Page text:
The Hungarian forint is collapsing again – here’s why

After a significant strengthening trend, the forint is weakening again. Read on to find out the main reasons why.

Rule of law conditionality mechanism

The European Commission notified Hungary earlier this week that it was activating the rule of law conditionality mechanism against the country. Ursula von der Leyen, President of the European Commission, announced this on Tuesday in the European Parliament. For the first time, this event was an event where MEPs could put questions to the President of the Commission.

The rule of law mechanism is a tool that allows the European Commission to withdraw EU funding from a Member State if it is found to violate the fundamental values ​​of the EU and, above all, at the expense of the EU budget.

However, as we can read in’s article, the launch of the mechanism does not mean that no money will now reach Hungary. A long dialogue between Hungary and the EU, which could last for months, will now begin.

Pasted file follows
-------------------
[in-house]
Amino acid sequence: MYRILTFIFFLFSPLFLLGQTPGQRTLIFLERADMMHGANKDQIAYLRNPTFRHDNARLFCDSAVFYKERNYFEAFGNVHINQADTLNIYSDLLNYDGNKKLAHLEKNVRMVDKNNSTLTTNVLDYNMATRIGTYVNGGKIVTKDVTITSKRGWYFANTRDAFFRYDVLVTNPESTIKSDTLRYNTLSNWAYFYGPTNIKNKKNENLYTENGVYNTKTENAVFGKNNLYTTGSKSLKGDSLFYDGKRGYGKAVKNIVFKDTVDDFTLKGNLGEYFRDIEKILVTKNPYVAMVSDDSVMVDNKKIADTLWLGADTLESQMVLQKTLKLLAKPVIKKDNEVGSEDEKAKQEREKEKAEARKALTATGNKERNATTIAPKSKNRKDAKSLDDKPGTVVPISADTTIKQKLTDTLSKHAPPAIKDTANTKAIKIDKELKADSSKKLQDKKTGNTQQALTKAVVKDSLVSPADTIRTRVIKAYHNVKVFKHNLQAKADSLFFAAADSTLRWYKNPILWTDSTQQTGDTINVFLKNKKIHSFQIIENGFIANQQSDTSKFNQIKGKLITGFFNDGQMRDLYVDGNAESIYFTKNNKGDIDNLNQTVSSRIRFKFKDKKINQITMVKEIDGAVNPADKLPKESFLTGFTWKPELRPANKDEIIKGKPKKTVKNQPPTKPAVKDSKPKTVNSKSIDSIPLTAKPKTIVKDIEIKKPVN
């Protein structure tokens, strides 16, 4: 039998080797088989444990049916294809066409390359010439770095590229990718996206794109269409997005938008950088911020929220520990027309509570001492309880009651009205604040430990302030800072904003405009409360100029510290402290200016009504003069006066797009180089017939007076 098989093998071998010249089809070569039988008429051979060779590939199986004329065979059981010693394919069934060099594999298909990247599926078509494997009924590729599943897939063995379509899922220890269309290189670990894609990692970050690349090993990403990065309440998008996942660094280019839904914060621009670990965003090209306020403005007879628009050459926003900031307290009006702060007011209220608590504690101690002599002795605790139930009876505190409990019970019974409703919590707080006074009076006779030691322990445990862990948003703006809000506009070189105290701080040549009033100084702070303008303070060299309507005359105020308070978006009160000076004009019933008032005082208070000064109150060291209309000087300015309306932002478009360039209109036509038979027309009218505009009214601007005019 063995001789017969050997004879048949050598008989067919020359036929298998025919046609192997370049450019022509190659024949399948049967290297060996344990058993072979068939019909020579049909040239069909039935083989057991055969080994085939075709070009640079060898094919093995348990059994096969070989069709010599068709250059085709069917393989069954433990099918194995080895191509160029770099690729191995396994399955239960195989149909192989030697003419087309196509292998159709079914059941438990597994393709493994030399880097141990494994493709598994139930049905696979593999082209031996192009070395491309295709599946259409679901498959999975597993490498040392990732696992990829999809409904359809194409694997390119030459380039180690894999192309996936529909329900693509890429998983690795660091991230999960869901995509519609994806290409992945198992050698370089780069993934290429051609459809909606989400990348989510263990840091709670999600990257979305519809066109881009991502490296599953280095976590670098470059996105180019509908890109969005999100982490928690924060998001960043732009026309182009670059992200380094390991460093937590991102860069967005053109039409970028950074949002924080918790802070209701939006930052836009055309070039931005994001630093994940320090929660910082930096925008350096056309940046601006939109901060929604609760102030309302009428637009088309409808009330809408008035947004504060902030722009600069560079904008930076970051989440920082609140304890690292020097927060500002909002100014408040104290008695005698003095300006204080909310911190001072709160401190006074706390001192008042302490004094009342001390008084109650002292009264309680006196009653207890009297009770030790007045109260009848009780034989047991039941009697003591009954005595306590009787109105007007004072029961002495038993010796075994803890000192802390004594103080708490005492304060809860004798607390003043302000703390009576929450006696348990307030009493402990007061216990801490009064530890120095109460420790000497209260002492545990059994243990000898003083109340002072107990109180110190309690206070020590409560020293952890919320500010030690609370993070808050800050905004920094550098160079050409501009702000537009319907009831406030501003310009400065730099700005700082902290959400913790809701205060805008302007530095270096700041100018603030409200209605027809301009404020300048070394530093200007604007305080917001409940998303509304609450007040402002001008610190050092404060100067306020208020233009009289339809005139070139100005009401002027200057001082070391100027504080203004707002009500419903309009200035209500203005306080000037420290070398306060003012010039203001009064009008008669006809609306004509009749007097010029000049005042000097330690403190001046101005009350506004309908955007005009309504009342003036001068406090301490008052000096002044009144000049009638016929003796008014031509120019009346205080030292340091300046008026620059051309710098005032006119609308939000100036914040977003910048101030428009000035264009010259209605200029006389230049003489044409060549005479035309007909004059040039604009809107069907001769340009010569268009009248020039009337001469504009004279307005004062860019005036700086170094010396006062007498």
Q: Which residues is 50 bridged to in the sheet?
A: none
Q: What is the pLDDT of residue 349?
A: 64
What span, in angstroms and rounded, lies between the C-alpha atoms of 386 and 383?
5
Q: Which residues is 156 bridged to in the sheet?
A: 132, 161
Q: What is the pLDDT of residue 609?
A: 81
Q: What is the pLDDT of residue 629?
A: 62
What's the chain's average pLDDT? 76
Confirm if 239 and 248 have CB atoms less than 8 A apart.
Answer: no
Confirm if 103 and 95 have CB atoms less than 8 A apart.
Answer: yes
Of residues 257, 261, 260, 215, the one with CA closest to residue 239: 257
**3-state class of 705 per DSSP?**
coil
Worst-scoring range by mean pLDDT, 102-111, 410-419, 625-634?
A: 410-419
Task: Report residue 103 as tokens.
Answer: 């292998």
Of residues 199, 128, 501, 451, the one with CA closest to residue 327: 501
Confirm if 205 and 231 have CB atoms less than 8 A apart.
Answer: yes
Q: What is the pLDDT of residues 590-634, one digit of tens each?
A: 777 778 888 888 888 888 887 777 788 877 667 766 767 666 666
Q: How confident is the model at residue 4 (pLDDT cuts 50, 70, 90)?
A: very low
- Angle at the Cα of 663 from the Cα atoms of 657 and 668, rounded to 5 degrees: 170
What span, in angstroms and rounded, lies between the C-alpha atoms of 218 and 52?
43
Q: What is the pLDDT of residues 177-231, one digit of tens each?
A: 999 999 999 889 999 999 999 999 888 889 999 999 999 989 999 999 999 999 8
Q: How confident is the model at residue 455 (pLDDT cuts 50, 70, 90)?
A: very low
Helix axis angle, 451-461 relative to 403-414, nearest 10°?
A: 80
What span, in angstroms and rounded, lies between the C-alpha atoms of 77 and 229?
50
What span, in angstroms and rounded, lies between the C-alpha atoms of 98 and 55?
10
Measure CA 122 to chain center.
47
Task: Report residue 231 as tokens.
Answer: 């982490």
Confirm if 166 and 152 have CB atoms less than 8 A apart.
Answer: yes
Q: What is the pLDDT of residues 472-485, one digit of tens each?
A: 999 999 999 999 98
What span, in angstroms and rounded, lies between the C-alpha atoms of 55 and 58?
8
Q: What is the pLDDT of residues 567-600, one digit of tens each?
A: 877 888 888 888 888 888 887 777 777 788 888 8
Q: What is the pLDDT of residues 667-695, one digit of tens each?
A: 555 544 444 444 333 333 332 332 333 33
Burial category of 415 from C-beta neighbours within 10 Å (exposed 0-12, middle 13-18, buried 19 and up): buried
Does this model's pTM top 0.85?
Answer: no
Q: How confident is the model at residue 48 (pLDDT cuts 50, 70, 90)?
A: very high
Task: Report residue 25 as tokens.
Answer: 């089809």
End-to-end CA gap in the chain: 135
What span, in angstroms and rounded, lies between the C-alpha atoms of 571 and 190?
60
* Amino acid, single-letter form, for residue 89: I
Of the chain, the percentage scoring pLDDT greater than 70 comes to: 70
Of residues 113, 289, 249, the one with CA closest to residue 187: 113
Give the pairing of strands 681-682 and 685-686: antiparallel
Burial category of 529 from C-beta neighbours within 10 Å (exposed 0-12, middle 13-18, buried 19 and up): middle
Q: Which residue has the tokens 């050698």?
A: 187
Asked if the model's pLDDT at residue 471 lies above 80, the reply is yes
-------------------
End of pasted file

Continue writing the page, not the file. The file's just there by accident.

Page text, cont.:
The Commission will have to determine where and to what extent fundamental EU values ​​and the budget are breached, and then impose a sanction.

Finally, the members of the European Council will vote on this.

The performance of the forint

After the first two rounds of voting, the forint strengthened slightly. However, during the first day of the fifth Fidesz government, the forint began to fall against the euro, according to

The euro fell to nearly 366 forints immediately after Fidesz’ victory around midnight on Sunday. However, the forint fell on Tuesday morning, with the euro trading around 369.15 forints at 7am.

In the evening of the same day, the forint had also weakened significantly against the major currencies compared to Tuesday morning.

According to, the euro jumped to 377 forints after 1 p.m. on news of the rule of law case against Hungary. As we can read in another article of, the loss of EU funds makes it very difficult to restart the economy. Growth is currently expected to fall to virtually zero from the second quarter of the year.

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Laura T. Thrasher